Obviously part of the encouragement of information lies in the government's ability to protect informers, by preserving their anonymity, from physical harm, harassment, intimidation, acts of retaliation and other "untoward consequences" at the hands of those who have already committed or who are likely to have committed criminal acts. See Cashen v. Spann, supra, 66 N.J. at 556. Obviously, too, an informer who obtains his information by his own association with criminals can, if protected by anonymity, offer a continuous and ongoing source of information about criminal activity. These are the compelling considerations which form the basis of the common-law informer's privilege in the federal courts and the codified privilege in New Jersey. See N.J.Evid.R. 36 reiterating N.J.S.A. 2A:84A-28. Cf. Fed.R.Evid. 501. They are also the considerations which induced the Court in Cashen v. Spann to conclude that the balancing test must, by reason of the privilege, be the same whether disclosure is sought in criminal or in civil litigation. And see River Edge Savings and Loan Ass'n v. Hyland, 165 N.J. Super. 540, 544 (App.Div.1979), certif. den. 81 N.J. 58 (1979), holding that the greater need for disclosure of criminal defendants requires a higher degree of deference to confidentiality in civil litigation than in criminal proceedings.

The informer's privilege has not, insofar as we can determine, been extended to encompass complainants to professional

[198 NJSuper Page 458]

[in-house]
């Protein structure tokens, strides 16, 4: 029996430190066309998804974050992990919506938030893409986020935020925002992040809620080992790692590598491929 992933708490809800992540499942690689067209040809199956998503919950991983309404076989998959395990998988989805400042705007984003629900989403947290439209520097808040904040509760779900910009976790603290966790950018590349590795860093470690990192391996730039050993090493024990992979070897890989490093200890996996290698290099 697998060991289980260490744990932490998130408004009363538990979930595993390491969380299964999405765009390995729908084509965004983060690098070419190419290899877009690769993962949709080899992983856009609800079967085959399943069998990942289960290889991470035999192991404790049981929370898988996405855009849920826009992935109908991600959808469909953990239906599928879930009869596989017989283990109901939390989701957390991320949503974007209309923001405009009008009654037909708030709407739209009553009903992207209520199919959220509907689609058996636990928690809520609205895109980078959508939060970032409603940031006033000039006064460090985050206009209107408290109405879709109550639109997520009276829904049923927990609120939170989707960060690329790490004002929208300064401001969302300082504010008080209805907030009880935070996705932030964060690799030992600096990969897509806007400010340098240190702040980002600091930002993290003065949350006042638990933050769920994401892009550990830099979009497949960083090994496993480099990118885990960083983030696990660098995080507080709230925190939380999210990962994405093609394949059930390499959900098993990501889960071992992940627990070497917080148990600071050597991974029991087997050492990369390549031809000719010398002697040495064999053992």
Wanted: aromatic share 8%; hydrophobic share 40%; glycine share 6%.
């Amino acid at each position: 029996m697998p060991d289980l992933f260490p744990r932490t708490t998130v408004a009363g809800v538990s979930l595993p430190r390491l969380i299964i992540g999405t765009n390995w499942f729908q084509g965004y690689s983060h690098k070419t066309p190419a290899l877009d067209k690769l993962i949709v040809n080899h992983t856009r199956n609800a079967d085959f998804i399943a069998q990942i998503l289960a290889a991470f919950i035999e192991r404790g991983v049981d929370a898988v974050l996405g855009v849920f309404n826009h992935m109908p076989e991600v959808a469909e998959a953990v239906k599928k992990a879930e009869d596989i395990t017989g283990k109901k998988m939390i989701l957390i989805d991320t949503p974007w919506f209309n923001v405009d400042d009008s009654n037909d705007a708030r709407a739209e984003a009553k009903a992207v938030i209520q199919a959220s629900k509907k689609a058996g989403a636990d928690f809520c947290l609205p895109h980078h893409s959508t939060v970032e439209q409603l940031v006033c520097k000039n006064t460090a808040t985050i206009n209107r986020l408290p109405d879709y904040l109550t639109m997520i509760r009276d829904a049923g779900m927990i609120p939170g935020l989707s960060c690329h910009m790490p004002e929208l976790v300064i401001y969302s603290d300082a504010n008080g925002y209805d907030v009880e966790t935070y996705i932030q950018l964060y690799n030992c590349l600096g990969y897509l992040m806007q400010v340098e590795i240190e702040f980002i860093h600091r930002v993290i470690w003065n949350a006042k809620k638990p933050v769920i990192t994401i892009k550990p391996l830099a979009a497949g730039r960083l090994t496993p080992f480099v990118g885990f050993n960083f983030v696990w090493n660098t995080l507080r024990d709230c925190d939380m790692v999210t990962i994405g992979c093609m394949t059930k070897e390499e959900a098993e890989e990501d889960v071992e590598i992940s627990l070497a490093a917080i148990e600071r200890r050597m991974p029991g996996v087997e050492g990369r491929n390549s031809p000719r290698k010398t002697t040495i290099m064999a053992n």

regulatory agencies and, in our view, the underlying predicates of the privilege do not apply to them. Criminal activity is not normally the subject of the administrative complaint. Moreover, the risk that the complainant will sustain physical harm or other untoward consequences at the hands of the professional he complains about is not comparable to the risk faced by a person who gives information about criminal activity to law enforcement agencies. Nor is it likely that a person will be a source of repeated, continuous and ongoing information about professional misconduct. Nor are we persuaded that a professional board's promise of anonymity is the quid pro quo, as it were, for the making of the complaint. More typically, it seems to us, the allegation of professional misconduct implicates some harm allegedly done by the professional to the complainant, and the prosecution of the charges, if they reach hearing, would ordinarily require the complainant's testimony. Finally, it would be untenably anomalous for the Board to claim a privilege in respect of the false and malicious complainant whose conduct is expressly made actionable by the Legislature.